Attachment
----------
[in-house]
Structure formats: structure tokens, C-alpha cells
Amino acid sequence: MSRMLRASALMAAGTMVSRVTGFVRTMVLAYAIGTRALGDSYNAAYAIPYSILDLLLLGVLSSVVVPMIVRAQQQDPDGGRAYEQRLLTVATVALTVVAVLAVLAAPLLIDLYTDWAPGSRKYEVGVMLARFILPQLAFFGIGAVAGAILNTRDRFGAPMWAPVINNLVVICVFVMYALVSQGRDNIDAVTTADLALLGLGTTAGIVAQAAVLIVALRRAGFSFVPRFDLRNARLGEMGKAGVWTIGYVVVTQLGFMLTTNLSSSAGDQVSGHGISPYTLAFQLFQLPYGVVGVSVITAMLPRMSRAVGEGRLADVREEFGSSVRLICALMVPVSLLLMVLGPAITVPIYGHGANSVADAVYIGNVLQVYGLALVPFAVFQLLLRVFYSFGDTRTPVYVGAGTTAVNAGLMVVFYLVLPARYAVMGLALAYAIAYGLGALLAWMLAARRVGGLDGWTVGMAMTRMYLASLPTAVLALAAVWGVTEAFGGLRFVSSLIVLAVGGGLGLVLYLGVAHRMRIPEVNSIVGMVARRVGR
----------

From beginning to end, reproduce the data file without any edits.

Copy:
[in-house]
Structure formats: structure tokens, C-alpha cells
Amino acid sequence: MSRMLRASALMAAGTMVSRVTGFVRTMVLAYAIGTRALGDSYNAAYAIPYSILDLLLLGVLSSVVVPMIVRAQQQDPDGGRAYEQRLLTVATVALTVVAVLAVLAAPLLIDLYTDWAPGSRKYEVGVMLARFILPQLAFFGIGAVAGAILNTRDRFGAPMWAPVINNLVVICVFVMYALVSQGRDNIDAVTTADLALLGLGTTAGIVAQAAVLIVALRRAGFSFVPRFDLRNARLGEMGKAGVWTIGYVVVTQLGFMLTTNLSSSAGDQVSGHGISPYTLAFQLFQLPYGVVGVSVITAMLPRMSRAVGEGRLADVREEFGSSVRLICALMVPVSLLLMVLGPAITVPIYGHGANSVADAVYIGNVLQVYGLALVPFAVFQLLLRVFYSFGDTRTPVYVGAGTTAVNAGLMVVFYLVLPARYAVMGLALAYAIAYGLGALLAWMLAARRVGGLDGWTVGMAMTRMYLASLPTAVLALAAVWGVTEAFGGLRFVSSLIVLAVGGGLGLVLYLGVAHRMRIPEVNSIVGMVARRVGR